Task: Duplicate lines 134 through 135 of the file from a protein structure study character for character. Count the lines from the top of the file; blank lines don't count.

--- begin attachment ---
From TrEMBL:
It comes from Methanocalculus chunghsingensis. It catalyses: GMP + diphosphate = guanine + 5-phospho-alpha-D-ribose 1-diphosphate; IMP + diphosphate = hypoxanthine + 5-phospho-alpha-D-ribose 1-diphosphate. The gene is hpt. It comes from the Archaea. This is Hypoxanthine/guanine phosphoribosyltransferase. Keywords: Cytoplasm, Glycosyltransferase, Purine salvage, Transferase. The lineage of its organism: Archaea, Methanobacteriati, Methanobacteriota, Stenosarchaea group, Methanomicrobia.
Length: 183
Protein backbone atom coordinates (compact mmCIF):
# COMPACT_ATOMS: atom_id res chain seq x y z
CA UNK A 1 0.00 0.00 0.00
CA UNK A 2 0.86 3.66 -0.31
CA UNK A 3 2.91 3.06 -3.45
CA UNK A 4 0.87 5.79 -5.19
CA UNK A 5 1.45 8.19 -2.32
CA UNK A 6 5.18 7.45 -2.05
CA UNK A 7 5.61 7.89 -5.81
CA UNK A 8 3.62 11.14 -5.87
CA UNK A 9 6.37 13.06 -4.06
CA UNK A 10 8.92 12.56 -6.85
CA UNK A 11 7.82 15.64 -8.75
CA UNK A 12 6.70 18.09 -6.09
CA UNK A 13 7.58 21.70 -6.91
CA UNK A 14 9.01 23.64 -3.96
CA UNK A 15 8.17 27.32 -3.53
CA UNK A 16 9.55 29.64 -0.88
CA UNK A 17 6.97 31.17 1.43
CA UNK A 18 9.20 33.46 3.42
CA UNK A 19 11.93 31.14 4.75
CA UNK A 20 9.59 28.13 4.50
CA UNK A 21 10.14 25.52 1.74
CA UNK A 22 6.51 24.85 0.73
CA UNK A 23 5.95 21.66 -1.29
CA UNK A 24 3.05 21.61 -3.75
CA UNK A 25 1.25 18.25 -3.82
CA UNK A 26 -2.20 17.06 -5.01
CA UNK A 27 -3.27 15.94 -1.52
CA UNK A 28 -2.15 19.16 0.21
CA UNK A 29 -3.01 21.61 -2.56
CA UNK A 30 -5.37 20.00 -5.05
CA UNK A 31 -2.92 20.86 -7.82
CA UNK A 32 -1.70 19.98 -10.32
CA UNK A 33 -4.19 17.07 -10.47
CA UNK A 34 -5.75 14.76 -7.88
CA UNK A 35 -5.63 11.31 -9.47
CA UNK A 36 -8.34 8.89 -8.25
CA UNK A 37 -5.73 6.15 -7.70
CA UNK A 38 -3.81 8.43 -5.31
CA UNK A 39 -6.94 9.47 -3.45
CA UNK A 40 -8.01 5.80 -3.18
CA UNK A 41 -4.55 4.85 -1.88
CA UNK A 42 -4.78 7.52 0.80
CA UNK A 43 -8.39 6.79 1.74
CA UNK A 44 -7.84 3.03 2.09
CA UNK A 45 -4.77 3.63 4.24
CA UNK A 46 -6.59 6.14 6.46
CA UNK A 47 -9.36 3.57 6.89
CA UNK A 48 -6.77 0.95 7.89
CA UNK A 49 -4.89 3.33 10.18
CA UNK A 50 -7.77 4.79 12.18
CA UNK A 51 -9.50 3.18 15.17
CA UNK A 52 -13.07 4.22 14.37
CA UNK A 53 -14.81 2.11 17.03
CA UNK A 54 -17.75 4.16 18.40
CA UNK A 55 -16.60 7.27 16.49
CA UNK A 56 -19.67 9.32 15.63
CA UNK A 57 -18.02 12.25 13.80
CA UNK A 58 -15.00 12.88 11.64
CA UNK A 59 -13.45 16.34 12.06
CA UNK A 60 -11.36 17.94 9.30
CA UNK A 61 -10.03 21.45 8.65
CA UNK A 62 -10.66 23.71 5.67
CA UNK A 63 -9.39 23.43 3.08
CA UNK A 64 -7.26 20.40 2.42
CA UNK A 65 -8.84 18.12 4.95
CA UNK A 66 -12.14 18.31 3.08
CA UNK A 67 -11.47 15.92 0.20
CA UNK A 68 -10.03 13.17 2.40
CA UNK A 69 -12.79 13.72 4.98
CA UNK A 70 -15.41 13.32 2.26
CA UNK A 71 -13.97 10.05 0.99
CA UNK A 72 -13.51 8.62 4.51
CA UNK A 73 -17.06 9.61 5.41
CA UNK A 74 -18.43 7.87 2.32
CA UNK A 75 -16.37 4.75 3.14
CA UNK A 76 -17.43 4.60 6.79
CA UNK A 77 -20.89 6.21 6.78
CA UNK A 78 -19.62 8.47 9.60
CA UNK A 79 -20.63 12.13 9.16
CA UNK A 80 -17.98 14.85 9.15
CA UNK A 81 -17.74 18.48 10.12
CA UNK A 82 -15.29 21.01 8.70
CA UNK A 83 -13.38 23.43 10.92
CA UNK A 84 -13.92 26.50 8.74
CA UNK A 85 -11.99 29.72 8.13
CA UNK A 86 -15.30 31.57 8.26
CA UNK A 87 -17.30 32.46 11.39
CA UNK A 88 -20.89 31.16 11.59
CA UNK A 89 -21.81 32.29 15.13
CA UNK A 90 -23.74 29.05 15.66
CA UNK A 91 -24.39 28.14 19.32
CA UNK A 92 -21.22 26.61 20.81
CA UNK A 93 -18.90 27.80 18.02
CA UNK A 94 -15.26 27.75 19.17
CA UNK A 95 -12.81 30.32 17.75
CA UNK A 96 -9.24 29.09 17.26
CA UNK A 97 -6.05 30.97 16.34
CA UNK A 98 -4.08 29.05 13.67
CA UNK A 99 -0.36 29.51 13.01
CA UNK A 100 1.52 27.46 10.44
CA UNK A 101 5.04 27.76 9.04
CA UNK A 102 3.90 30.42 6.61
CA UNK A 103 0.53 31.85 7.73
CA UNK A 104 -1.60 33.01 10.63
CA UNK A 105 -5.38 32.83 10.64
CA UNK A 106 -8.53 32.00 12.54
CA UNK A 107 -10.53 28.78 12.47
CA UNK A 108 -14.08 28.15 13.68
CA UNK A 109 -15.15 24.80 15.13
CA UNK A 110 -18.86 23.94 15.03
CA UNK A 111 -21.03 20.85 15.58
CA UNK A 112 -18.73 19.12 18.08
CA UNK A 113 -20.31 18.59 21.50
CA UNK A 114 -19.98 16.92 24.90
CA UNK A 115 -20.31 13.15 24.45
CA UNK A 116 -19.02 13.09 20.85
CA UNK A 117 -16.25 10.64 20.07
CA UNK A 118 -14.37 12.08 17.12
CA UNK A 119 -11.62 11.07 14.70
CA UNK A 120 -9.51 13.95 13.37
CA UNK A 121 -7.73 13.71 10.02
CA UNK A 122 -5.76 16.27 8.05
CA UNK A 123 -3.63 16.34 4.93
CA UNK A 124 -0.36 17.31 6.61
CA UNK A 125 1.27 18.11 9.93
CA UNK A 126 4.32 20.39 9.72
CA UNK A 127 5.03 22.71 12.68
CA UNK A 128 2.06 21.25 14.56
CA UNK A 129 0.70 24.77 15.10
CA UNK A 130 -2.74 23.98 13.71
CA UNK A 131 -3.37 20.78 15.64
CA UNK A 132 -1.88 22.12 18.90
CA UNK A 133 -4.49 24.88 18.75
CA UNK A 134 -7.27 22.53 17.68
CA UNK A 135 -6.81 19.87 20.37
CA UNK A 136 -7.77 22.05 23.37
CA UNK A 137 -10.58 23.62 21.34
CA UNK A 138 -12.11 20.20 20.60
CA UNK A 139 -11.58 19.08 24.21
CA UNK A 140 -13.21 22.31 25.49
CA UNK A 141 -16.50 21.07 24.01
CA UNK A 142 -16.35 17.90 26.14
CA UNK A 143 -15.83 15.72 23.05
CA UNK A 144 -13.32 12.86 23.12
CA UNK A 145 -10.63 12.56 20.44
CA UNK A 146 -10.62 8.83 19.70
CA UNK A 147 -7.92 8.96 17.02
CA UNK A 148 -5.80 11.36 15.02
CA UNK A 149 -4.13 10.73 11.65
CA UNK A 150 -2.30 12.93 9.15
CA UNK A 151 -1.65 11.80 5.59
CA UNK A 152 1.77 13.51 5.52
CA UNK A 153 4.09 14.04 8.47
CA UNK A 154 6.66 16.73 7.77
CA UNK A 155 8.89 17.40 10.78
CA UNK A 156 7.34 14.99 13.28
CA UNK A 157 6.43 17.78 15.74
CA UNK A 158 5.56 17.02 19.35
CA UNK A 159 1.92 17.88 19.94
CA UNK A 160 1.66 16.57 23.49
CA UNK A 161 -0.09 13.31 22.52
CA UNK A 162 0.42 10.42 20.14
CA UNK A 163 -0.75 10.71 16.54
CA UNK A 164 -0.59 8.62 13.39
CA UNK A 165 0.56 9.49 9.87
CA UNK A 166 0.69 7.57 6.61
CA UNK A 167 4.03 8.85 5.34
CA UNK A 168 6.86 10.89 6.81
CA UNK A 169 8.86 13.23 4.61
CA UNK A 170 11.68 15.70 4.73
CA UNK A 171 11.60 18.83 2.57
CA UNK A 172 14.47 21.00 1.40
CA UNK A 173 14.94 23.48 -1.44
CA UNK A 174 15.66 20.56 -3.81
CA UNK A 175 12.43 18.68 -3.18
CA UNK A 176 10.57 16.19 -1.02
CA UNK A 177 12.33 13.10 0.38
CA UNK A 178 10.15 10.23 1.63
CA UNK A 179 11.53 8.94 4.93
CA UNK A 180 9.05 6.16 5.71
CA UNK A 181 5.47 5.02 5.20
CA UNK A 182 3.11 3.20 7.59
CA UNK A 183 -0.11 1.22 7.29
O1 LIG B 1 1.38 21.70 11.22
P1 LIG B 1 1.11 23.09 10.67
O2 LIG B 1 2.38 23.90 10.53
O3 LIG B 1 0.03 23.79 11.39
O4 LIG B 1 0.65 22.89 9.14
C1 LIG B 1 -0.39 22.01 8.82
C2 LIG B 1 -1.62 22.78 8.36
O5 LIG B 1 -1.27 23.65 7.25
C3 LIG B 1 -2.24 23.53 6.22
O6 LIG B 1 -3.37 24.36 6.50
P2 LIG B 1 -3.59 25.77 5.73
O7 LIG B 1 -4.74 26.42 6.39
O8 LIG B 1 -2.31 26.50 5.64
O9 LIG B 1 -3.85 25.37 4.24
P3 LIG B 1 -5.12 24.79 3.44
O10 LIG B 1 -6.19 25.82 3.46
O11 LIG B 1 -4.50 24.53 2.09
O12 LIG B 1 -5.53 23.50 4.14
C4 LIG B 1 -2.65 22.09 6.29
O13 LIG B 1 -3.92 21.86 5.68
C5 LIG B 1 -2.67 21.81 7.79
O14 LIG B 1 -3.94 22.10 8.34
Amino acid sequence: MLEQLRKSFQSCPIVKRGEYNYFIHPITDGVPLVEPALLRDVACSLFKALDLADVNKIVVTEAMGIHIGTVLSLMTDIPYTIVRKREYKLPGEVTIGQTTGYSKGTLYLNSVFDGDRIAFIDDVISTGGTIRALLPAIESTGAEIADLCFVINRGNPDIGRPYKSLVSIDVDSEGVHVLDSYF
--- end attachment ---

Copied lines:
CA UNK A 129 0.70 24.77 15.10
CA UNK A 130 -2.74 23.98 13.71